My brother’s 6-year-old Henrik Lundqvist hat, that makes the Broadway Hat look like it’s fresh from the haberdashery, was in desperate need of being replaced. With his birthday this month, I took it as an opportunity to do just that. “I’m not changing it until the playoffs are over,” he told me when he called to thank me for his gift. He didn’t want to jinx things.
Thursday night, the gentleman who was sitting in front of me at the game brought his “lucky hat” to wear – a helmet with a puck sticking halfway out of it, giving the illusion that it was embedded into the helmet. Needless to say, those of us sitting behind him ordered him to never take it off for the rest of the playoffs.
They’re not the only ones getting caught up in superstitions when it comes to the playoffs. After wearing different jerseys for games 2 and 5, for game 7 I went back to what I wore during the game 1 victory – my 2010-11 Ryan Callahan heritage jersey. And when someone mentioned to me that they hoped the Devils would get knocked off, I said nothing. Didn’t want to wish any ill will on any other teams; didn’t need karma biting me and the Rangers in the behind. Why unnecessarily anger the hockey gods?
A lot of fans have all kinds of superstitions, thinking something they do are is what propels the team we love to victory. The game 7 win had nothing to do with a gutsy, gritty team once again rising to the challenge in the face of adversity. Not a thing to do with a Vezina- and Hart Trophy-nominated goaltender elevating his game when the team needed him to be just a little bit better. And it definitely had nothing to do with the offense coming from 2 unexpected sources in Dan Girardi and Marc Staal, who is inching ever closer to his pre-concussion self.
Hats, jerseys, foods. Those are what did it for the Rangers Thursday night, right? Well, of course not. But why risk it? Back in my Callahan heritage jersey I will be when the puck drops at 3pm to open up the Eastern Conference Semifinals against the Washington Capitals.
The Capitals come into this series on the heels of some 7-game drama of their own, taking out the defending champion Boston Bruins in overtime. But this time, there are a few twists, with the Rangers coming in the top seed and the Capitals the bottom seed, rather than the other way around. While many of the key Capitals from the last 2 times these teams met in the playoffs are still there, this is not Bruce Boudreau’s run-and-gun, defensively loosey-goosey team. Rather, Dale Hunter has managed to shape them into a more defensive-minded, shot-blocking squad.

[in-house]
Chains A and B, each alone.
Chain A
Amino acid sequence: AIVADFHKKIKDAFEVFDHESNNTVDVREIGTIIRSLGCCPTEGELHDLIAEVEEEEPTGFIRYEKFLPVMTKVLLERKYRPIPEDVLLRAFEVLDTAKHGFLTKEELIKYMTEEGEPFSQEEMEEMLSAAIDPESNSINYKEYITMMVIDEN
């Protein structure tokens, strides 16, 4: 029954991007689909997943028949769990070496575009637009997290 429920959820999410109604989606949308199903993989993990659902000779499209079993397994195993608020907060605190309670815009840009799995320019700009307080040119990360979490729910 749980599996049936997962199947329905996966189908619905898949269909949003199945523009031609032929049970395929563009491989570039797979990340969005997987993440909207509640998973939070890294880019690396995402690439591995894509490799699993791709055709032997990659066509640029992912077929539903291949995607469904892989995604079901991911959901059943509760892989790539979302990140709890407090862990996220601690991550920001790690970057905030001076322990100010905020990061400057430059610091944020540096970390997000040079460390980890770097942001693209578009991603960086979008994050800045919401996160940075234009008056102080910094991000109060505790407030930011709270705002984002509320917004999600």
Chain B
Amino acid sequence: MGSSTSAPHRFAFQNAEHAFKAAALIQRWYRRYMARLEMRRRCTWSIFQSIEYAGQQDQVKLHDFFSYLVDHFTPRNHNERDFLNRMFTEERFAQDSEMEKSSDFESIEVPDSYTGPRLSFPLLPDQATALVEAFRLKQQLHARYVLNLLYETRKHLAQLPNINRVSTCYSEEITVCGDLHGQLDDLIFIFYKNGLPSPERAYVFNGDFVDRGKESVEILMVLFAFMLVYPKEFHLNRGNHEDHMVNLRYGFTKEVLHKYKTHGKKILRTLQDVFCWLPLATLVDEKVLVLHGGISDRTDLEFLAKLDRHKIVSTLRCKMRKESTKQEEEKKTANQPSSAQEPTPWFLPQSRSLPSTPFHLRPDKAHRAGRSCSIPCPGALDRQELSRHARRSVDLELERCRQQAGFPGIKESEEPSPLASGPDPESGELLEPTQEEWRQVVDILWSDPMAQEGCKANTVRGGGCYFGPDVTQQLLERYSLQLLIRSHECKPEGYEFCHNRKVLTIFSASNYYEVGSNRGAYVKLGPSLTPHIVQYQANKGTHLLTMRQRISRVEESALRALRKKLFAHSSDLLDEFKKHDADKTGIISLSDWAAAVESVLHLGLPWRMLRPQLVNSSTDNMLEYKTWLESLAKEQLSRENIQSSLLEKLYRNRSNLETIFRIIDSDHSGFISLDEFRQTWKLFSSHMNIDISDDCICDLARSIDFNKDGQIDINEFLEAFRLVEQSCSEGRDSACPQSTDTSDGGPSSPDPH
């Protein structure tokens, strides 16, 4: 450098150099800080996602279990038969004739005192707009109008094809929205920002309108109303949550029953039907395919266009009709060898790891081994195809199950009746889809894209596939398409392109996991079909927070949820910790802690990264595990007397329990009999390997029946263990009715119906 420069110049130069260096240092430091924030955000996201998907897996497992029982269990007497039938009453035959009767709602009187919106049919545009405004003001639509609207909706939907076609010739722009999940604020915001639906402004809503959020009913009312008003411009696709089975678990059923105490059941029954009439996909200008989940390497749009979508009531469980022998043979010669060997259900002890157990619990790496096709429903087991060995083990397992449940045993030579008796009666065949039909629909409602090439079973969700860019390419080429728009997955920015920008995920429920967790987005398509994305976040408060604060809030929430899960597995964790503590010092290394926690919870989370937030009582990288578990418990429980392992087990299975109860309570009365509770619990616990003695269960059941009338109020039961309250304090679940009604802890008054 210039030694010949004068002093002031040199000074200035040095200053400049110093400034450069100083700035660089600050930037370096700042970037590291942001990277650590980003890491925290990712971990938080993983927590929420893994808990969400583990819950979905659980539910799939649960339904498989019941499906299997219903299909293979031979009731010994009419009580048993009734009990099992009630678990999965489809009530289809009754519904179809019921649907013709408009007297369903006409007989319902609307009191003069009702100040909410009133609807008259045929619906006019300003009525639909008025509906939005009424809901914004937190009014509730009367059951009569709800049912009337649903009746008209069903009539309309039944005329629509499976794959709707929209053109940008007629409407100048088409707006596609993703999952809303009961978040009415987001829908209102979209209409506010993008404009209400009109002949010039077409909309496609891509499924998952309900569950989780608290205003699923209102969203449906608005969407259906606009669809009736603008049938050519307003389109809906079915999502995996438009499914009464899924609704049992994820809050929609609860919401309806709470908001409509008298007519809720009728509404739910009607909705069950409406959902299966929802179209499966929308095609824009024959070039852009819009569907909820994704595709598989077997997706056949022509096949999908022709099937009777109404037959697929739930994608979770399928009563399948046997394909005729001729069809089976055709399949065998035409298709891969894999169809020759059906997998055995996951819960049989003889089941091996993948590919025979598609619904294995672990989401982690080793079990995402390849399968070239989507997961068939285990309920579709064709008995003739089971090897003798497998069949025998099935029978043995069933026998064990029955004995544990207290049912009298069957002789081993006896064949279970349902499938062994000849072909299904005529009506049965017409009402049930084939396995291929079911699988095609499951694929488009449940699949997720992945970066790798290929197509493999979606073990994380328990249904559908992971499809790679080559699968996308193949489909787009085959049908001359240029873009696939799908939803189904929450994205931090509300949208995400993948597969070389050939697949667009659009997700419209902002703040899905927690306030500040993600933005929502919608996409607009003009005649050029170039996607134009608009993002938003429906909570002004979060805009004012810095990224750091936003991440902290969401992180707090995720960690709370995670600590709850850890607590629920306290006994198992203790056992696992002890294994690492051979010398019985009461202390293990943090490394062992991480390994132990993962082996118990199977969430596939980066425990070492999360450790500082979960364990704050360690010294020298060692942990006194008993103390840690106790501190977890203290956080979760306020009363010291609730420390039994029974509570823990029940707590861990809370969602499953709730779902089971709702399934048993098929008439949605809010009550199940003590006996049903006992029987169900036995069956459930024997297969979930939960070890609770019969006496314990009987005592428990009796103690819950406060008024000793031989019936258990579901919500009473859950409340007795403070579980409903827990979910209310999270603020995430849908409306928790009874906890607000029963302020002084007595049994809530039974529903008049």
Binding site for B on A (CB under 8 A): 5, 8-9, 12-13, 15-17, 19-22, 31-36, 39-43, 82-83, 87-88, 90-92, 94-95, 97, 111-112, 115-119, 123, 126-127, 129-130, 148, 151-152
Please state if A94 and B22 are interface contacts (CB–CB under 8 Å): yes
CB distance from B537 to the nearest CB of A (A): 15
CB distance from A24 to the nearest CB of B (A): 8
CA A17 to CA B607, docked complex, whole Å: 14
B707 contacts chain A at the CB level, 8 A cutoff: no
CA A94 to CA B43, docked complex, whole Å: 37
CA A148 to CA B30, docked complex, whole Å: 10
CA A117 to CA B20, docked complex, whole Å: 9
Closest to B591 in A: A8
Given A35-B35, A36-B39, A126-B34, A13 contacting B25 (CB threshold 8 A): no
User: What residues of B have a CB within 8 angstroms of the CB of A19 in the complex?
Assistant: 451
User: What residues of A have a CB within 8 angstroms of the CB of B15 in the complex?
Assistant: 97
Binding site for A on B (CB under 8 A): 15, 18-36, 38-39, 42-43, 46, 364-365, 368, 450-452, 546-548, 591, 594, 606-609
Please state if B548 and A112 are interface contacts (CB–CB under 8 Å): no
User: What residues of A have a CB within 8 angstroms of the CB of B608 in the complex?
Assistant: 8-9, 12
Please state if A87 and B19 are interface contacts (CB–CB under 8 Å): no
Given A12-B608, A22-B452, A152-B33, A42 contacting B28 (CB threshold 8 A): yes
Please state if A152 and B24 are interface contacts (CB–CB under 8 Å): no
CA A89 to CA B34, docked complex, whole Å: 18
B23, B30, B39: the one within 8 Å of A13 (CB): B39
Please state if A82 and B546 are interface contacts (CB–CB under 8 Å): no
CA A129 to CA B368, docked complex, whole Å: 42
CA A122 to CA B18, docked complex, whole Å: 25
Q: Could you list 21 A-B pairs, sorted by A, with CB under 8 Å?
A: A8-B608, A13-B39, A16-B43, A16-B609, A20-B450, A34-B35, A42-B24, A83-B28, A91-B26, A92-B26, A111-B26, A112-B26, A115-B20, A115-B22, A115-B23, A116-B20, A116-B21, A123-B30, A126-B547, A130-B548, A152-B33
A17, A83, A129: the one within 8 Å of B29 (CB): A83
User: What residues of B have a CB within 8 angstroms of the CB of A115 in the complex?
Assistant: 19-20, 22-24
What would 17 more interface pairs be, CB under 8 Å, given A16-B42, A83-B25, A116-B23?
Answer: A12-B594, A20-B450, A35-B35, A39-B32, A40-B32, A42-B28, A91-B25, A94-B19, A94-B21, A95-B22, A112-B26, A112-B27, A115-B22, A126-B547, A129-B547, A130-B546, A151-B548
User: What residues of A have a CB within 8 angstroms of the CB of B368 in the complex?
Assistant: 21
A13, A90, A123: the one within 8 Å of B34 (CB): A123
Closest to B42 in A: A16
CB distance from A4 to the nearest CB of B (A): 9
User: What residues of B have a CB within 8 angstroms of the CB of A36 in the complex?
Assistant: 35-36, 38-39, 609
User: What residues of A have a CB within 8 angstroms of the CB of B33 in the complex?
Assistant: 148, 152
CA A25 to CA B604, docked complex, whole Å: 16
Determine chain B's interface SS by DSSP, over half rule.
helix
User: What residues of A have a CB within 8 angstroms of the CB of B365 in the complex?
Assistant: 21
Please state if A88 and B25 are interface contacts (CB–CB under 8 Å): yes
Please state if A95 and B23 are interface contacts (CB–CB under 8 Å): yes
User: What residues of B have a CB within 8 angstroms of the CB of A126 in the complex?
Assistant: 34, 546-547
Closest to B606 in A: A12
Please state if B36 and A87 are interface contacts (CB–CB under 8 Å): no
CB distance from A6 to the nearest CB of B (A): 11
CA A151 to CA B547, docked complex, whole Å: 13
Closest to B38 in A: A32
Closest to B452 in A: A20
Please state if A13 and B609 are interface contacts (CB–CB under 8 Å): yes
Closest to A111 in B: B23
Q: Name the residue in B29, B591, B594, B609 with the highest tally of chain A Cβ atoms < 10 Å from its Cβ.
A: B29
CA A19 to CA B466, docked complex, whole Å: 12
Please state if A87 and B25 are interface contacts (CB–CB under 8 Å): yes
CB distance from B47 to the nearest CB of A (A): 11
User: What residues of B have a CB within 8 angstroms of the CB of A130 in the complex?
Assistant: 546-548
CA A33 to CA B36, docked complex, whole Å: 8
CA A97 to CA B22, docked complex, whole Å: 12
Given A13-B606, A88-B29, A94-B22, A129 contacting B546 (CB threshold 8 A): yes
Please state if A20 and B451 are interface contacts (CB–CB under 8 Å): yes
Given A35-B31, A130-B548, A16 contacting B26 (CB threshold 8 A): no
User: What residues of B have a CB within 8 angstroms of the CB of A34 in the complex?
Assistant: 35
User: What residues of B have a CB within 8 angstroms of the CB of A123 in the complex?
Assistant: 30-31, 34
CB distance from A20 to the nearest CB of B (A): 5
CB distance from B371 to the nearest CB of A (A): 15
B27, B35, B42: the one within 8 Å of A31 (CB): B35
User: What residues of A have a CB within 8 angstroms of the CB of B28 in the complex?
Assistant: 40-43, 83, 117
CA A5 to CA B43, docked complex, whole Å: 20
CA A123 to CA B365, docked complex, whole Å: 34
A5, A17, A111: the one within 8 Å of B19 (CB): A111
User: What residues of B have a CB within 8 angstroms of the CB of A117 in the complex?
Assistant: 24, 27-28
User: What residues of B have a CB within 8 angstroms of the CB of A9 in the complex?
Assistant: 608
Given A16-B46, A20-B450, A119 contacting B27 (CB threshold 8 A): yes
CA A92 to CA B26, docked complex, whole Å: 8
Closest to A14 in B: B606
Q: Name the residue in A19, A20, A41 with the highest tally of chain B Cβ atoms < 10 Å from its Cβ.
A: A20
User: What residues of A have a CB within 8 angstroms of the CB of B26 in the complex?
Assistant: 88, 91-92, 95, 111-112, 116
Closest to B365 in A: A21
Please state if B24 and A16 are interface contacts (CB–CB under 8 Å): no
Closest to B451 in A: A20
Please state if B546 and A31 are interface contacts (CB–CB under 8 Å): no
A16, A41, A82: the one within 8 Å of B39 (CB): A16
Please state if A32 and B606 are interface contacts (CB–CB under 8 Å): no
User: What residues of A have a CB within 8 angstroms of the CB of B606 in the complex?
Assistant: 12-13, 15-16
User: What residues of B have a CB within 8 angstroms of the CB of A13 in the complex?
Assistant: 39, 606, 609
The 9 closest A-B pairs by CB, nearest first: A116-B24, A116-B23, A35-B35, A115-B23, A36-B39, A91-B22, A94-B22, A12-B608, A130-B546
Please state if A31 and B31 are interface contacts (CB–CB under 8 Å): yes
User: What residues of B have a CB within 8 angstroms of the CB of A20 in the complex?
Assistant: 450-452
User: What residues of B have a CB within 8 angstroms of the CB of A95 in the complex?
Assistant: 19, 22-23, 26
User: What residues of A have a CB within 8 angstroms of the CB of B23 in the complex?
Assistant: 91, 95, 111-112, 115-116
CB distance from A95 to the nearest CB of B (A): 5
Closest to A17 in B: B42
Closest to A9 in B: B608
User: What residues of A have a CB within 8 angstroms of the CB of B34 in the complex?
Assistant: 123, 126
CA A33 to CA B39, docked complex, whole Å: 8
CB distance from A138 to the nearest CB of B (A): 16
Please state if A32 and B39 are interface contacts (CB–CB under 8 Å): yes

Sound somewhat familiar?
Neither team was an offensive juggernaut in the first round (Capitals scored a total of 16 goals in the 1st round; the Rangers 14); their power play effectiveness were almost equal (Capitals at 15.8%, Rangers 15.6%). Even with the Capitals becoming more defense-oriented, they still possess many of the same weapons they did when they were offense-first. The Rangers will need to contain the likes of Alex Ovechkin and Alex Semin, while trying to get their own goal-scorers going. Brian Boyle, the Rangers’ leading goal scorer in round 1 who was concussed in game 5, skated Friday for the first time since he suffered the injury. He’s not expected to play today, but getting him back would be a boost. Chris Kreider has taken the opportunity afforded him by the Carl Hagelin suspension and the Boyle injury, gaining confidence and, in turn, John Tortorella’s trust. As he gets more comfortable and continues developing chemistry with Derek Stepan and Ryan Callahan, he very may well have a big say in the outcome of this series.
We all know what the Rangers have in goal in Lundqvist. The wild card may be what’s happening in the other net. The Capitals have had first-round success with NHL playoff newbies in goal over the last few years. Semyon Varlamov relieved Jose Theodore in 2009 and closed the door on the Rangers. Michal Neuvirth did likewise to them in 2011. Braden Holtby has managed the same feat against the Bruins this year. It will be interesting to see how capable he is at replicating that success against the Rangers. On paper, the Rangers should have the advantage in goal, but the same could have been said about Lundqvist vs. Craig Anderson in the 1st round.
Slowly but surely, the Rangers are slaying some of their playoff demons. Lundqvist coming up clutch in the postseason? Check. Making it past the first round for the first time since 2007? Check. Perhaps the next check will be for beating the Capitals and making it to the Easter Conference Finals for the first time since 1997.
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About the Author: Likes: Hockey, the New York Rangers, King Henrik, singing the Rangers goal song, "The Save", the sound skates make against ice, heckling Marty Brodeur. Dislikes: 3-point games, front-office mismanagement, Denis Potvin, overpriced arena beer. Interested? Follow me on Twitter: @CC_927